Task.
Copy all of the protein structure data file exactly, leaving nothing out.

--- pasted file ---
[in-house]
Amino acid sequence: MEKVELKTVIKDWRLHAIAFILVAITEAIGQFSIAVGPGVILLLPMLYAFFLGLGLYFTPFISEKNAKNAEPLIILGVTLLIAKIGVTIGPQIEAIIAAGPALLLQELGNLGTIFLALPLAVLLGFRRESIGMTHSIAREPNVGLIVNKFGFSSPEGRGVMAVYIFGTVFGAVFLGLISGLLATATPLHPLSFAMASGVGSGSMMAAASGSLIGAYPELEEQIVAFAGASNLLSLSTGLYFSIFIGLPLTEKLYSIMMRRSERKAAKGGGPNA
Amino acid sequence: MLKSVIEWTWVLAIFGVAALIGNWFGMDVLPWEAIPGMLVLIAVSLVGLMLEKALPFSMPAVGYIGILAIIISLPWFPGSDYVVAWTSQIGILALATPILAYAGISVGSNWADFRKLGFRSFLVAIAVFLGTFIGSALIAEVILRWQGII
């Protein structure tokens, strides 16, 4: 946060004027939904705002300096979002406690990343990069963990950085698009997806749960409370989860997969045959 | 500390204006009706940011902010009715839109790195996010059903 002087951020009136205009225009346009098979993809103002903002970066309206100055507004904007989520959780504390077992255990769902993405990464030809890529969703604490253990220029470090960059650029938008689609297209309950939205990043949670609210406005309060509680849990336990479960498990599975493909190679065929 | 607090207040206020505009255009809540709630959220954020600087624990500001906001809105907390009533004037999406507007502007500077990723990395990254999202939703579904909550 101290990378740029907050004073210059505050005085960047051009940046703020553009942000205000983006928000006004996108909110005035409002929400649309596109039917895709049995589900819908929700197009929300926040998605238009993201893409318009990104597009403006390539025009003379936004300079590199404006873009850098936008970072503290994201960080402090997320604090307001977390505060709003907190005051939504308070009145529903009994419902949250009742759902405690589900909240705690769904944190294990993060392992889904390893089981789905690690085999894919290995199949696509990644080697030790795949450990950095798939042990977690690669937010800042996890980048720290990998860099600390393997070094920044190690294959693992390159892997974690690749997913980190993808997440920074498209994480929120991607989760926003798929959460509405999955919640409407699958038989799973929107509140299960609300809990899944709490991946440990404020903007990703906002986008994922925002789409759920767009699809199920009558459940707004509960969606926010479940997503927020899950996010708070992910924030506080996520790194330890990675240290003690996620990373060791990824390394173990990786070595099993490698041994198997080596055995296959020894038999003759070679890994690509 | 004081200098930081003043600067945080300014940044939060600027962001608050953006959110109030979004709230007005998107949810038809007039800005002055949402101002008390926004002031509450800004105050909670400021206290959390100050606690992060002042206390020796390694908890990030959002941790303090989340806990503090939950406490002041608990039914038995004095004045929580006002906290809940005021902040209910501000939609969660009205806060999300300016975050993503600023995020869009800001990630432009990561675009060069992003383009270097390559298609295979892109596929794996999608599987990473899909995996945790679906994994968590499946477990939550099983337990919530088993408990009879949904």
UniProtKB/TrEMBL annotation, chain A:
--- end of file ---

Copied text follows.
[in-house]
Amino acid sequence: MEKVELKTVIKDWRLHAIAFILVAITEAIGQFSIAVGPGVILLLPMLYAFFLGLGLYFTPFISEKNAKNAEPLIILGVTLLIAKIGVTIGPQIEAIIAAGPALLLQELGNLGTIFLALPLAVLLGFRRESIGMTHSIAREPNVGLIVNKFGFSSPEGRGVMAVYIFGTVFGAVFLGLISGLLATATPLHPLSFAMASGVGSGSMMAAASGSLIGAYPELEEQIVAFAGASNLLSLSTGLYFSIFIGLPLTEKLYSIMMRRSERKAAKGGGPNA
Amino acid sequence: MLKSVIEWTWVLAIFGVAALIGNWFGMDVLPWEAIPGMLVLIAVSLVGLMLEKALPFSMPAVGYIGILAIIISLPWFPGSDYVVAWTSQIGILALATPILAYAGISVGSNWADFRKLGFRSFLVAIAVFLGTFIGSALIAEVILRWQGII
């Protein structure tokens, strides 16, 4: 946060004027939904705002300096979002406690990343990069963990950085698009997806749960409370989860997969045959 | 500390204006009706940011902010009715839109790195996010059903 002087951020009136205009225009346009098979993809103002903002970066309206100055507004904007989520959780504390077992255990769902993405990464030809890529969703604490253990220029470090960059650029938008689609297209309950939205990043949670609210406005309060509680849990336990479960498990599975493909190679065929 | 607090207040206020505009255009809540709630959220954020600087624990500001906001809105907390009533004037999406507007502007500077990723990395990254999202939703579904909550 101290990378740029907050004073210059505050005085960047051009940046703020553009942000205000983006928000006004996108909110005035409002929400649309596109039917895709049995589900819908929700197009929300926040998605238009993201893409318009990104597009403006390539025009003379936004300079590199404006873009850098936008970072503290994201960080402090997320604090307001977390505060709003907190005051939504308070009145529903009994419902949250009742759902405690589900909240705690769904944190294990993060392992889904390893089981789905690690085999894919290995199949696509990644080697030790795949450990950095798939042990977690690669937010800042996890980048720290990998860099600390393997070094920044190690294959693992390159892997974690690749997913980190993808997440920074498209994480929120991607989760926003798929959460509405999955919640409407699958038989799973929107509140299960609300809990899944709490991946440990404020903007990703906002986008994922925002789409759920767009699809199920009558459940707004509960969606926010479940997503927020899950996010708070992910924030506080996520790194330890990675240290003690996620990373060791990824390394173990990786070595099993490698041994198997080596055995296959020894038999003759070679890994690509 | 004081200098930081003043600067945080300014940044939060600027962001608050953006959110109030979004709230007005998107949810038809007039800005002055949402101002008390926004002031509450800004105050909670400021206290959390100050606690992060002042206390020796390694908890990030959002941790303090989340806990503090939950406490002041608990039914038995004095004045929580006002906290809940005021902040209910501000939609969660009205806060999300300016975050993503600023995020869009800001990630432009990561675009060069992003383009270097390559298609295979892109596929794996999608599987990473899909995996945790679906994994968590499946477990939550099983337990919530088993408990009879949904």
UniProtKB/TrEMBL annotation, chain A: